Link to termcard: Termcard Michaelmax 2018

All talks will take place in the Winstanley Lecture Theatre unless stated otherwise.

*Wednesday 3 October, 7:30PM*

**TMS Freshers’ Squash**

Held in the Junior Parlour

Come and meet all the other freshers who share a common interest in mathematics! We’ll have plenty of free snacks and drinks so please come along and enjoy yourselves!

*Friday 12 October, 7:00PM*

**A Simple Proof of a Major Result**

Prof. Béla Bollobás (DPMMS)

Held in the CMS, MR2

The solutions of highly rated problems that have remained unsolved for decades tend to be long and complicated. Although this is what we have come to expect, this is not always the case: occasionally a novel approach leads to a remarkably short and beautiful solution. In my talk I shall give a particularly striking example of a simple solution of a notoriously difficult problem emerging out of the blue.

*Monday 22 October, 8:30PM*

**Film Night**

We will be screening ‘Travelling Salesman’, an exciting thriller concerning P=NP.

*Monday 29 October, 8:30PM*

**Stein’s Paradox**

Prof. Richard Samworth (Statslab)

Stein’s paradox is one of the most striking results in Statistics. Although it appears to be a toy problem in mathematical statistics, it turns out to have profound implications for the analysis of modern, high-dimensional data. I will describe both the result and some of its consequences.

*Monday 12 November, 8:30PM*

**Approximation on the Real Line**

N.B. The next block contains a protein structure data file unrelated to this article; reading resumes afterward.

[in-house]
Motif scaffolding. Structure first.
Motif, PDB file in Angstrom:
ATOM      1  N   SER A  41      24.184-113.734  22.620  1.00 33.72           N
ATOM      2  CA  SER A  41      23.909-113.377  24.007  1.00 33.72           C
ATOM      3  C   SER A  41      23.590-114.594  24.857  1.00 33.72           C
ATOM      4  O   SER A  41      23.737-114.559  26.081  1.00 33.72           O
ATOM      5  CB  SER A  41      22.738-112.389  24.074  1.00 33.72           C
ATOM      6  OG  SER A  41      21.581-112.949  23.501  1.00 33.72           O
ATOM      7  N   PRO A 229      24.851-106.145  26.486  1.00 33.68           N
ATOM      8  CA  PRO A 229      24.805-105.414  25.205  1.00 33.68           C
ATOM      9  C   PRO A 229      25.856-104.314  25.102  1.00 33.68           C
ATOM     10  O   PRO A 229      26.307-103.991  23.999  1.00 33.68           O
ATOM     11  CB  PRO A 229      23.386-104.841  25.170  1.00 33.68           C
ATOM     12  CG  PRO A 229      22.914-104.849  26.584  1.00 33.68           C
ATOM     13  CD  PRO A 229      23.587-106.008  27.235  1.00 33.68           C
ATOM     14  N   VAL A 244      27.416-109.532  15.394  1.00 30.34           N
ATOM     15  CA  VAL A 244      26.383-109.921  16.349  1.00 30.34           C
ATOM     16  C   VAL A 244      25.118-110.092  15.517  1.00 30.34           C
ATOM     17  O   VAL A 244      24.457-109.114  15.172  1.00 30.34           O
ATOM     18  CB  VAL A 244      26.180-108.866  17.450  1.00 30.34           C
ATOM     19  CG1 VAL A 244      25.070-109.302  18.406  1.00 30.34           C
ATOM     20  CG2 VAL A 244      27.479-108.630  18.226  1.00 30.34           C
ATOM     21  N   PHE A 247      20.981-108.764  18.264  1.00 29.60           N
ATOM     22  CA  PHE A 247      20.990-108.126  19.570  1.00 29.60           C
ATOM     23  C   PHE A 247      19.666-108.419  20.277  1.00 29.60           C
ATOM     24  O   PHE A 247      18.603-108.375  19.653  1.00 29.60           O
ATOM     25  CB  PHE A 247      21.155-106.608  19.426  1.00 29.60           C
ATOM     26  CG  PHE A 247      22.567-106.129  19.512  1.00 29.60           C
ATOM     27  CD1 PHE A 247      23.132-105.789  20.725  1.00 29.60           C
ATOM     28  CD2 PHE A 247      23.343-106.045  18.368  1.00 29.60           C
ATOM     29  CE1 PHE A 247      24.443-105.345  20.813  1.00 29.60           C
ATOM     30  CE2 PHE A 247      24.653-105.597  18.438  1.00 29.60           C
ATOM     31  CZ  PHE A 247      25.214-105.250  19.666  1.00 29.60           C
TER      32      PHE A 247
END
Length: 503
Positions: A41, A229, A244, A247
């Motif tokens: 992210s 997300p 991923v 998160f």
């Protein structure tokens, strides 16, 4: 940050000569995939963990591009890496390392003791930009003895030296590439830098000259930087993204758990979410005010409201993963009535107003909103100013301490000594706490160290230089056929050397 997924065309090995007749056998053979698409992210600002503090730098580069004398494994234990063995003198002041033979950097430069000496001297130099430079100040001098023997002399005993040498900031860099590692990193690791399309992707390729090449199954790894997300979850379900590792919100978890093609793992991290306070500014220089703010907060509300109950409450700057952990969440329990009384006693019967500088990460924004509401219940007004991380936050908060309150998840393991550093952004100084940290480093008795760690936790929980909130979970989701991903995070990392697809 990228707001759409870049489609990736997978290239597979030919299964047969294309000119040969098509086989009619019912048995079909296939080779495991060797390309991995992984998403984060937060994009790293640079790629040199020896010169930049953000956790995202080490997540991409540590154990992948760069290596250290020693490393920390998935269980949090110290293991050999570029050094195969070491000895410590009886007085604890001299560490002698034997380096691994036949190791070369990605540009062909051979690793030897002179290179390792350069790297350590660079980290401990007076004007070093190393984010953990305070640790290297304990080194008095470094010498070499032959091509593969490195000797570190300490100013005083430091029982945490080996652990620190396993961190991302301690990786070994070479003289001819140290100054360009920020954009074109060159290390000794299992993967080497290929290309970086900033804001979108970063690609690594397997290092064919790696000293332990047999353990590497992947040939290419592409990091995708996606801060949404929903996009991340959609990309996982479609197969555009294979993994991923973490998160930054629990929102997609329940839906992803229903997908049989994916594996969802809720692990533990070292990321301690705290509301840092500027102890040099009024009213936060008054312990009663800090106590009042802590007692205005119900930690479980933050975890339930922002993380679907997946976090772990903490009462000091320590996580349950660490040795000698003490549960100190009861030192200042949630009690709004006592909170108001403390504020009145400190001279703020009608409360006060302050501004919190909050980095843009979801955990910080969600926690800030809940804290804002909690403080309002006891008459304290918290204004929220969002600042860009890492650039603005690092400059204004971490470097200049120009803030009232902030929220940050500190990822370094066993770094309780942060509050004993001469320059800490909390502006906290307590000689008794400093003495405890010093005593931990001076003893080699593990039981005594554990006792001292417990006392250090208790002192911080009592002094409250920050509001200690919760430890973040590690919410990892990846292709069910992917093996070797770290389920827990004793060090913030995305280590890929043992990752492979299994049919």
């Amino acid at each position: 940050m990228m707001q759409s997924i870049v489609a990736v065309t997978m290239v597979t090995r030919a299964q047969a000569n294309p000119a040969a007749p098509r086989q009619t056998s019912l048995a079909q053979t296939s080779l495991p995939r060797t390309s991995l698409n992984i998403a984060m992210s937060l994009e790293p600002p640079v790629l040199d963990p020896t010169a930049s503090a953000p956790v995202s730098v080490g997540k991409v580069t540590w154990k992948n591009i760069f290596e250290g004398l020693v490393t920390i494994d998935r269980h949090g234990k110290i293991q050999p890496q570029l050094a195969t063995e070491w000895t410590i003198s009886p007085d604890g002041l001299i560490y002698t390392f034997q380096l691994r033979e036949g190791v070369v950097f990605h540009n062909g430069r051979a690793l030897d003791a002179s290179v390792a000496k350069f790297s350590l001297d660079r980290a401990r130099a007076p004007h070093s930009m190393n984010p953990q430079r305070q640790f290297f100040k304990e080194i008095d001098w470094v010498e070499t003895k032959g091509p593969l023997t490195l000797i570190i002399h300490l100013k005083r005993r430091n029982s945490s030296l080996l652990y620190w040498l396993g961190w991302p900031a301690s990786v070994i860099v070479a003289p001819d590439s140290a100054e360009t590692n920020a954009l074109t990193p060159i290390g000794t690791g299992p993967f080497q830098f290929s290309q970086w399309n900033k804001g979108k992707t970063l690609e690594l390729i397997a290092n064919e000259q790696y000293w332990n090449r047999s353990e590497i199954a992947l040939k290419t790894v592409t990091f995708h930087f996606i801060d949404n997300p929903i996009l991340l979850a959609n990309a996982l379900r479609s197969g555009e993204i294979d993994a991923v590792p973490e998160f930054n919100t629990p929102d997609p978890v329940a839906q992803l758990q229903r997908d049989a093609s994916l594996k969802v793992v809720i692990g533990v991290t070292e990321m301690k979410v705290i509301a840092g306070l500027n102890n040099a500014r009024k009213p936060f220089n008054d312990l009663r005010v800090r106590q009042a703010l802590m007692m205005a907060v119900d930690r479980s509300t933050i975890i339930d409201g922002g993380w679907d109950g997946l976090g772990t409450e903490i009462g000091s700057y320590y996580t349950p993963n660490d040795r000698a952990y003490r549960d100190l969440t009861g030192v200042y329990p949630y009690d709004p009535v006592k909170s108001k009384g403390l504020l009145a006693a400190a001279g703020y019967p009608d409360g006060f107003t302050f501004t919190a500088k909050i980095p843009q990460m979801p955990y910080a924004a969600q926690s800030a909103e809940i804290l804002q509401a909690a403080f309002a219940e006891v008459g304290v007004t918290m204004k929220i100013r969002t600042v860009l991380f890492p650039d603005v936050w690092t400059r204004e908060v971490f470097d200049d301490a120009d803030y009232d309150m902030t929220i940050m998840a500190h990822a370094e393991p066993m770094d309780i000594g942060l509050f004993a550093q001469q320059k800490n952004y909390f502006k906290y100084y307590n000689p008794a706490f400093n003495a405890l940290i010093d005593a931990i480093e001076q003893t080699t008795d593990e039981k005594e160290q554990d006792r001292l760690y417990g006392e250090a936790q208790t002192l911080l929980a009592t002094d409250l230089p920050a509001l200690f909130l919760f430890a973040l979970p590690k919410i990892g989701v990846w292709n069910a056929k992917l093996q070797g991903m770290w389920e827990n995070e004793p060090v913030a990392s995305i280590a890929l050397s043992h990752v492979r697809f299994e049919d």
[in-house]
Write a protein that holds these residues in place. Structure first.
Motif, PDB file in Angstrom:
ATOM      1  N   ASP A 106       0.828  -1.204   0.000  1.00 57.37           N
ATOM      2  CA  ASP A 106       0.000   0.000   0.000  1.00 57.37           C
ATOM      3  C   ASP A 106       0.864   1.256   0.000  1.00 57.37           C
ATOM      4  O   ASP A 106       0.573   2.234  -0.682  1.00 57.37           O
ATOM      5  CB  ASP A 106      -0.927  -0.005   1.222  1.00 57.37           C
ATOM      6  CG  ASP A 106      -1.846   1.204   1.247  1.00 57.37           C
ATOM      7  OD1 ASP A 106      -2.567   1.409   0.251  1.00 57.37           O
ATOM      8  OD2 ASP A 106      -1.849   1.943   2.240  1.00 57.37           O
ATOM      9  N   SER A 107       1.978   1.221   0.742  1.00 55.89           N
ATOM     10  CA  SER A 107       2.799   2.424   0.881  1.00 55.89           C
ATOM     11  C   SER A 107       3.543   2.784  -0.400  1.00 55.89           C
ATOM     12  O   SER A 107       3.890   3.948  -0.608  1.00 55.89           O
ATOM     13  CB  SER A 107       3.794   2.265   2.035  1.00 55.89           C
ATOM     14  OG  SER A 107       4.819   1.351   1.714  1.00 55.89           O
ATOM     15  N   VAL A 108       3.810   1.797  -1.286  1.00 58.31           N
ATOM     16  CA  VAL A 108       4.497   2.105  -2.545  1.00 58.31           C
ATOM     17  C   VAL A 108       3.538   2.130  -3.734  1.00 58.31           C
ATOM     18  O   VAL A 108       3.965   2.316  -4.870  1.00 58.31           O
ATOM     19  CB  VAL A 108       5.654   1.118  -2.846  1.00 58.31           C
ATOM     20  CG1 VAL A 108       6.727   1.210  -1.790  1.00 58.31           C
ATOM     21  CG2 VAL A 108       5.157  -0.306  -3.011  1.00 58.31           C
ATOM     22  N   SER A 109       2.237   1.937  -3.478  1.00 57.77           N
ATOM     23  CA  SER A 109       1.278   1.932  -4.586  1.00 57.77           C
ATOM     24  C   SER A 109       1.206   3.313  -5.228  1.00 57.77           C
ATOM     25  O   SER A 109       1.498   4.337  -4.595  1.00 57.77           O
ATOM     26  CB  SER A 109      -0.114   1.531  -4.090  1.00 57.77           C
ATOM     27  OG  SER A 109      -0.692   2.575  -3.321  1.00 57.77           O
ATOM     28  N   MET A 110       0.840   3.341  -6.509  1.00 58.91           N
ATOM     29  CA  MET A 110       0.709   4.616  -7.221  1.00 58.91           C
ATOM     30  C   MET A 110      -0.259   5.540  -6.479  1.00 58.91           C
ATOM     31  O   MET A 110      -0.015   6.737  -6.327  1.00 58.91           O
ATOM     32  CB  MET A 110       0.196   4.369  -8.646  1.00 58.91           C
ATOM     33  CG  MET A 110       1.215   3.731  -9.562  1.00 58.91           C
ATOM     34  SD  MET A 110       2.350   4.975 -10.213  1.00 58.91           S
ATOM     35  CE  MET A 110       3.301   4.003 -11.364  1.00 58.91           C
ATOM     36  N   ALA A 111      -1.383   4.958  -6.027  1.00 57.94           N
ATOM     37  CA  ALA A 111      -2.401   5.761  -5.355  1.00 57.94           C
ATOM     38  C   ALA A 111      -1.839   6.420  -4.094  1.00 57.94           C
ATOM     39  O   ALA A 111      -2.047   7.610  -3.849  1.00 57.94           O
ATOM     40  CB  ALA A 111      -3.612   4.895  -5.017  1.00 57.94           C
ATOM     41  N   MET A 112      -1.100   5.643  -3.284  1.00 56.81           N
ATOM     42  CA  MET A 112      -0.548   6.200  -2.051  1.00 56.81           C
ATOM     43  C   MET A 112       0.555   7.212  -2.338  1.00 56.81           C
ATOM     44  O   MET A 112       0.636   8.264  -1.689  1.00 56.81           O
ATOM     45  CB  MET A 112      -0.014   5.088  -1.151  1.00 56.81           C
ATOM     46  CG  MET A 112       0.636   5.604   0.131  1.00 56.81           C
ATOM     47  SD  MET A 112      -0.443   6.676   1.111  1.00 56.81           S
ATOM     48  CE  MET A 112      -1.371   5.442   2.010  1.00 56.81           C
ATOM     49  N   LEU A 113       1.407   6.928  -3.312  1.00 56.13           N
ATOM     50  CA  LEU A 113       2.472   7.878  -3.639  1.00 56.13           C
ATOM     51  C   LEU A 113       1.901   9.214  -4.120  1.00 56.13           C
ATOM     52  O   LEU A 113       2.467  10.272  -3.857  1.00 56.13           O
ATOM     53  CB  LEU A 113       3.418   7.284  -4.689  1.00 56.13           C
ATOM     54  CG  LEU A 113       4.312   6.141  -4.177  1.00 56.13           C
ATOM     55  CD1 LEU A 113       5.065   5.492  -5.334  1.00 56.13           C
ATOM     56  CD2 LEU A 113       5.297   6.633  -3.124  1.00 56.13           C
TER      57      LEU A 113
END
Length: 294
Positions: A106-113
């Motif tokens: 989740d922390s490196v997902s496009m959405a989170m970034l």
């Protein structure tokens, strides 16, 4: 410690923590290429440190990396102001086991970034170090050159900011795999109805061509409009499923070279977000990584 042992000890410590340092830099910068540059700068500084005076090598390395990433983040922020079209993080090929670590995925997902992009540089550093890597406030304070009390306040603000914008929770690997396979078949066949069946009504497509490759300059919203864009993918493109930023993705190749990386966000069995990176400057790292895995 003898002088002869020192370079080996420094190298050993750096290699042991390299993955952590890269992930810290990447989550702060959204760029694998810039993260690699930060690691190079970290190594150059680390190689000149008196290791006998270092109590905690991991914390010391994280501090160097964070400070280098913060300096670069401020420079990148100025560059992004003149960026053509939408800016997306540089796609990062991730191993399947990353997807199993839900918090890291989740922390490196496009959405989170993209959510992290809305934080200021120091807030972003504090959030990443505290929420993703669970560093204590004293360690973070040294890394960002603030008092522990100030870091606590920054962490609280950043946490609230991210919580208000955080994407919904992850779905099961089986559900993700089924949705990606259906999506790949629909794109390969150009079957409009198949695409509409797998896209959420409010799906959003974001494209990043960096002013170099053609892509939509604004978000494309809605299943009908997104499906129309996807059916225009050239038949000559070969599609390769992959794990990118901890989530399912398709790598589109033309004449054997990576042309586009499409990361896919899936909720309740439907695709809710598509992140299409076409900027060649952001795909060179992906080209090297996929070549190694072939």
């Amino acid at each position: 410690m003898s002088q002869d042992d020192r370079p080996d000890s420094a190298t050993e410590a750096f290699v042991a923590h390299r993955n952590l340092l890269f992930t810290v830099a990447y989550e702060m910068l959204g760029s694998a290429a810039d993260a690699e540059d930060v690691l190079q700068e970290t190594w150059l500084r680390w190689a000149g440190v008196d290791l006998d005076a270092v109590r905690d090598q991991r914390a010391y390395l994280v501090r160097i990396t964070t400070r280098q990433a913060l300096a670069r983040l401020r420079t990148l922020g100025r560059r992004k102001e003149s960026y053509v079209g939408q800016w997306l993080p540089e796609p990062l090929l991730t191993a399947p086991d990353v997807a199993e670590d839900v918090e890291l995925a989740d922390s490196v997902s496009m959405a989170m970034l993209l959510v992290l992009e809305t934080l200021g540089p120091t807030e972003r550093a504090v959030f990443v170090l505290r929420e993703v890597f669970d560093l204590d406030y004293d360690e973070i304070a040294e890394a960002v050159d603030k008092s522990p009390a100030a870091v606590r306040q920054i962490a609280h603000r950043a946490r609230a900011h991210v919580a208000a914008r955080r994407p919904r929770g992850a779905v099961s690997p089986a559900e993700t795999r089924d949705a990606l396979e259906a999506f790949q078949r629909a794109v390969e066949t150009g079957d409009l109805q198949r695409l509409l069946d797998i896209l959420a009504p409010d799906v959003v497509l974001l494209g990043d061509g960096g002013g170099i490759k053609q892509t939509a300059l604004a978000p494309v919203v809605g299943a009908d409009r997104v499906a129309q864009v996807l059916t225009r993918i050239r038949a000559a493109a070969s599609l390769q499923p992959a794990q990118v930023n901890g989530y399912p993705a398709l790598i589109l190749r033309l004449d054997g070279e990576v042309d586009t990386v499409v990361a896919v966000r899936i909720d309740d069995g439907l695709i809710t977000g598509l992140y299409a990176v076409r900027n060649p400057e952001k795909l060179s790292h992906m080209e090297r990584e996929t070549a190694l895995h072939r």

Prof. Arieh Iserles (DAMTP)

The purpose of the exercise is simple, to design an orthogonal basis in the space of square-integrable functions on the real line such that the linear map taking the basis to its derivatives is skew symmetric. Such bases possess numerous advantages in the computation of ODEs and PDEs. In this talk, based on a joint work with Marcus Webb, I will completely characterise all such orthogonal systems using Fourier analysis and the theory of orthogonal polynomials. The extension of this work to complex-valued skew-Hermitian `differentiation matrices’ is trivial but it leads to a beautiful outcome, an orthogonal system of rational functions designed (in a different context) almost a century ago by Malmquist and Takenaka and which exhibits some truly miraculous properties.

*Monday 19 November, 8:30PM*

**Rolls, Squares and Hexagons: pattern formation through instabilities**

Prof. Michael Proctor (DAMTP)

It is an experimental fact that when an extended system in a simple amorphous state becomes unstable, the new realised state is typically one exhibiting a pattern. It can be shown even for very complicated physical systems that the dynamical processes near the point in parameter space where stability is lost can be represented by a small number of ordinary differential equations. The form of these equations, and the interactions of any possible patterns that can result from the instability, is strongly influenced, and in many cases determined, by the symmetries of the system being studied. One the symmetry group is known, the different patterns can be identified with different representations of the group. I will discuss a number of examples of varying complexity.

*Monday 26 November, 8:30PM*

**TMS Call My Bluff**

You?

An annual tradition, held by the TMS, in which a team of freshers test their lying capabilities against a team of other students in a reconstruction of the cult British TV show.